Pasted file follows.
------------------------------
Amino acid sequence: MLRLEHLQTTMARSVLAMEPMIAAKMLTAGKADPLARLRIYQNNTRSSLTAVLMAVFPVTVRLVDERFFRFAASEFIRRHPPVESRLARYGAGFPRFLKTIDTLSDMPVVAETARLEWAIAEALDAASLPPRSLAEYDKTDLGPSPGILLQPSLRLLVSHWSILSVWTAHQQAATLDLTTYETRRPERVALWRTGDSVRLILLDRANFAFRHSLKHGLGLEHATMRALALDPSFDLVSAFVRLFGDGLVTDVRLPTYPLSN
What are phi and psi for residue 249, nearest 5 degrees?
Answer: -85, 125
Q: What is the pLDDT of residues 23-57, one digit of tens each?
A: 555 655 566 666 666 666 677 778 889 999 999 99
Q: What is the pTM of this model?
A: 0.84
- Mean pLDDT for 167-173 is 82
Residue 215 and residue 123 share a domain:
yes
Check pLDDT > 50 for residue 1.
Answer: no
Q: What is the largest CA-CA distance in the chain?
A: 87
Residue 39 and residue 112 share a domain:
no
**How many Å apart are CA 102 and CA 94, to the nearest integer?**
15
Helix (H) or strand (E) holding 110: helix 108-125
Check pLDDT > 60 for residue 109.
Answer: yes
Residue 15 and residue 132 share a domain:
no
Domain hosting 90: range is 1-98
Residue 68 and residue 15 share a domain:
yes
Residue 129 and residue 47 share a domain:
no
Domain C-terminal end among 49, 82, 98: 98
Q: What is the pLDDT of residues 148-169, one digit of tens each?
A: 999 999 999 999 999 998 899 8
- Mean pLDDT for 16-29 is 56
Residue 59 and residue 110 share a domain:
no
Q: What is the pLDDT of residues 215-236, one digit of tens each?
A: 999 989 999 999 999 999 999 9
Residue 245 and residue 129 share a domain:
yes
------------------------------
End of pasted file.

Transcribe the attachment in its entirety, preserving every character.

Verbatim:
Amino acid sequence: MLRLEHLQTTMARSVLAMEPMIAAKMLTAGKADPLARLRIYQNNTRSSLTAVLMAVFPVTVRLVDERFFRFAASEFIRRHPPVESRLARYGAGFPRFLKTIDTLSDMPVVAETARLEWAIAEALDAASLPPRSLAEYDKTDLGPSPGILLQPSLRLLVSHWSILSVWTAHQQAATLDLTTYETRRPERVALWRTGDSVRLILLDRANFAFRHSLKHGLGLEHATMRALALDPSFDLVSAFVRLFGDGLVTDVRLPTYPLSN
What are phi and psi for residue 249, nearest 5 degrees?
Answer: -85, 125
Q: What is the pLDDT of residues 23-57, one digit of tens each?
A: 555 655 566 666 666 666 677 778 889 999 999 99
Q: What is the pTM of this model?
A: 0.84
- Mean pLDDT for 167-173 is 82
Residue 215 and residue 123 share a domain:
yes
Check pLDDT > 50 for residue 1.
Answer: no
Q: What is the largest CA-CA distance in the chain?
A: 87
Residue 39 and residue 112 share a domain:
no
**How many Å apart are CA 102 and CA 94, to the nearest integer?**
15
Helix (H) or strand (E) holding 110: helix 108-125
Check pLDDT > 60 for residue 109.
Answer: yes
Residue 15 and residue 132 share a domain:
no
Domain hosting 90: range is 1-98
Residue 68 and residue 15 share a domain:
yes
Residue 129 and residue 47 share a domain:
no
Domain C-terminal end among 49, 82, 98: 98
Q: What is the pLDDT of residues 148-169, one digit of tens each?
A: 999 999 999 999 999 998 899 8
- Mean pLDDT for 16-29 is 56
Residue 59 and residue 110 share a domain:
no
Q: What is the pLDDT of residues 215-236, one digit of tens each?
A: 999 989 999 999 999 999 999 9
Residue 245 and residue 129 share a domain:
yes